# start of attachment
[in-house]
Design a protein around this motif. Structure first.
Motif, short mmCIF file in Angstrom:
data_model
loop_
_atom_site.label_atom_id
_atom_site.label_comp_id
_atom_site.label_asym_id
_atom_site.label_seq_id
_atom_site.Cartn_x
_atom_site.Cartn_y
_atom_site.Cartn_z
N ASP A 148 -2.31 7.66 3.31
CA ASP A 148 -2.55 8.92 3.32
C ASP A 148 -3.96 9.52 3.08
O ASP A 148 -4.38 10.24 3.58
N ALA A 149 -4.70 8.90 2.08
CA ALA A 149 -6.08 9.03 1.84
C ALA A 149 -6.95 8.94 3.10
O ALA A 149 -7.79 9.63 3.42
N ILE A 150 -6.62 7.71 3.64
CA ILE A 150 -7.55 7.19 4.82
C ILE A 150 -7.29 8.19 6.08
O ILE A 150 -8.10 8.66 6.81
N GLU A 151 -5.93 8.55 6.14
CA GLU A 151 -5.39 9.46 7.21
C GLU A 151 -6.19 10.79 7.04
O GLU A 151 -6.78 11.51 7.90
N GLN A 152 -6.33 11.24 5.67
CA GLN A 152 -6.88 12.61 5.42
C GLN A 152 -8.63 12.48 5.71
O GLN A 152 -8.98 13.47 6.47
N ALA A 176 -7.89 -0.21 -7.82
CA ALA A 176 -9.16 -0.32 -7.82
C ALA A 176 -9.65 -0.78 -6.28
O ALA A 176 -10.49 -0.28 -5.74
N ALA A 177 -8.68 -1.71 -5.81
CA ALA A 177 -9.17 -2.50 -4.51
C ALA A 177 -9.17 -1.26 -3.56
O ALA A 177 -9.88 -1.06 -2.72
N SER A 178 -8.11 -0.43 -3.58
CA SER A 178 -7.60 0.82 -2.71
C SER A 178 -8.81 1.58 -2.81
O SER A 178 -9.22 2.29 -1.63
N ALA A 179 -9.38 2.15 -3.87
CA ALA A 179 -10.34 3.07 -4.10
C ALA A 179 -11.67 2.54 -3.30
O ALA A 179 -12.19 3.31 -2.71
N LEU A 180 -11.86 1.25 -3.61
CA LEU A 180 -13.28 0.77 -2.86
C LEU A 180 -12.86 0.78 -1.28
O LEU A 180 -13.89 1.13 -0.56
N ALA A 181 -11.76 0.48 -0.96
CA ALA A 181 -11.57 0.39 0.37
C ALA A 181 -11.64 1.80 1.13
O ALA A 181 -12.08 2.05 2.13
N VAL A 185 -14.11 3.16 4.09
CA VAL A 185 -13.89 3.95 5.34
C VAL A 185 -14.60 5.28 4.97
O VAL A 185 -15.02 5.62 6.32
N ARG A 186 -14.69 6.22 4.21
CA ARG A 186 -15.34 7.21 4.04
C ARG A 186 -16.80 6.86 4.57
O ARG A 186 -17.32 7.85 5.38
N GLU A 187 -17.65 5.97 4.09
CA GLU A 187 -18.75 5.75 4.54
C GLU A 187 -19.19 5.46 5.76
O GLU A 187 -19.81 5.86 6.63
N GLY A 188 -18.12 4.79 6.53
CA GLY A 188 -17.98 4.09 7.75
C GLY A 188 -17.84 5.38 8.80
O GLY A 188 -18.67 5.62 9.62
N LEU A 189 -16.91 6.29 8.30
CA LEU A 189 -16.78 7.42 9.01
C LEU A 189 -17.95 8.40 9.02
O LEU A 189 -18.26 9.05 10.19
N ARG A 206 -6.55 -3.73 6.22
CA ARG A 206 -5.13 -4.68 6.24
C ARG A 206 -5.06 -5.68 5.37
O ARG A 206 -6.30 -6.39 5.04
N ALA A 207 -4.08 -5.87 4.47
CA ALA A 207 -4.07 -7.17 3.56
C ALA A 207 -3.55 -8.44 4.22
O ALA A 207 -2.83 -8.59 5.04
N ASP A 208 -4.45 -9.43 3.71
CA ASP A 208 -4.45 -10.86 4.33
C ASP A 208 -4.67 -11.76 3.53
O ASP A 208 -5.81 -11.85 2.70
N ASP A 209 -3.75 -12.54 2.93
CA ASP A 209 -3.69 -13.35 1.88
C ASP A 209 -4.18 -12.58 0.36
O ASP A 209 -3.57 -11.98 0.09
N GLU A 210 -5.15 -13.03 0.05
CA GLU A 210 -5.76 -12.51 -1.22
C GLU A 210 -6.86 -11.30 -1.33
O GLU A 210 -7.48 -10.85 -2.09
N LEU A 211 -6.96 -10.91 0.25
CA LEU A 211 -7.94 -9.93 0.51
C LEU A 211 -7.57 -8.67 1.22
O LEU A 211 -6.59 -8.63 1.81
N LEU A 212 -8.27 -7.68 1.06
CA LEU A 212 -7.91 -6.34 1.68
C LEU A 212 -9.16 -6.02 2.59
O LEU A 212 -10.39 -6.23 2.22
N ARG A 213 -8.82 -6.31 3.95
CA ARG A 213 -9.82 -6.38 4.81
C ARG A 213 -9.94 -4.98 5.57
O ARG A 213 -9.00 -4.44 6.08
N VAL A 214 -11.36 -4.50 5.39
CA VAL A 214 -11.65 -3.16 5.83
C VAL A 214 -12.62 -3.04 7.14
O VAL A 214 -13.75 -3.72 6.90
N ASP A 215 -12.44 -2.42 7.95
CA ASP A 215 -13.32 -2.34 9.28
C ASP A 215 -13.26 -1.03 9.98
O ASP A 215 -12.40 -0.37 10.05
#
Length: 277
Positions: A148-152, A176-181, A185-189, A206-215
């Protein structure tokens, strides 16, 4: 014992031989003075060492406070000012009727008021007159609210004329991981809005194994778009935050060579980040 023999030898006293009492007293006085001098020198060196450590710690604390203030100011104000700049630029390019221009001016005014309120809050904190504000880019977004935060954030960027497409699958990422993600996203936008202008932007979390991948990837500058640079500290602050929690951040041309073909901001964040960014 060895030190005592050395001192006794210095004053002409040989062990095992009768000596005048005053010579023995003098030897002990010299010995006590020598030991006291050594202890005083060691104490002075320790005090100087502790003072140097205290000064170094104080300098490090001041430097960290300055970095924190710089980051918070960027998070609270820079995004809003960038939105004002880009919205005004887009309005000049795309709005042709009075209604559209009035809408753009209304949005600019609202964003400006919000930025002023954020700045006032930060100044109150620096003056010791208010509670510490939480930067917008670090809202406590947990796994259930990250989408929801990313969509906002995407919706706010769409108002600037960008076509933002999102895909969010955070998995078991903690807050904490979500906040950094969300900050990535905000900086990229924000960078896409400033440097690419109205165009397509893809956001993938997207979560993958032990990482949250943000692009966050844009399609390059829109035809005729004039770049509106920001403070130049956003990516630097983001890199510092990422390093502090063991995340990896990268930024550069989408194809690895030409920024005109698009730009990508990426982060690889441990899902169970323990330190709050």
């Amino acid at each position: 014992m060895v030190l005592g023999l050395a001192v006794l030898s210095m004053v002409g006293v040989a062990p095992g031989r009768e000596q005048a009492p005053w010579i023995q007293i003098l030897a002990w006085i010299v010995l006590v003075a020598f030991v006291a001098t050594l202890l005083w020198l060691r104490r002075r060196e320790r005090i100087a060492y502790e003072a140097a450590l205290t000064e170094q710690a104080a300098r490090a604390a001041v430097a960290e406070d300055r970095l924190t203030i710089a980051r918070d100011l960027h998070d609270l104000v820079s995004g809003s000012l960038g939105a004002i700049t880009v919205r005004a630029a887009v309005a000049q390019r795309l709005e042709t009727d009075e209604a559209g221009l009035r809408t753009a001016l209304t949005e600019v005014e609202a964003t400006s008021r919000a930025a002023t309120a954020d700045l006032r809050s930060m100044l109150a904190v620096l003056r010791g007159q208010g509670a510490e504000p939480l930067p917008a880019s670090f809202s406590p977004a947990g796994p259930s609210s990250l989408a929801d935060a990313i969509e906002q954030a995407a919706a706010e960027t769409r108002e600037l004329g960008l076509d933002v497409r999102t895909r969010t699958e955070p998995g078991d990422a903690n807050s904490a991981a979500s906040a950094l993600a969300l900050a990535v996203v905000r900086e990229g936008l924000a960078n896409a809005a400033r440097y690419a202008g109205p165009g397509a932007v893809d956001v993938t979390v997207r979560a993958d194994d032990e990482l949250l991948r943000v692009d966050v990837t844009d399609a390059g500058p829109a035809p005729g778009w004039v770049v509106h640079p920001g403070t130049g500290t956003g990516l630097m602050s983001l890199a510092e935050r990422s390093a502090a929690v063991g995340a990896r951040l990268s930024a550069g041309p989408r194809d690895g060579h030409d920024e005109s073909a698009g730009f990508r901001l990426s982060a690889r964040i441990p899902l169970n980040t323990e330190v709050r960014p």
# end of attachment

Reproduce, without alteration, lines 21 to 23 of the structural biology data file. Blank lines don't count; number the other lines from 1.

N ILE A 150 -6.62 7.71 3.64
CA ILE A 150 -7.55 7.19 4.82
C ILE A 150 -7.29 8.19 6.08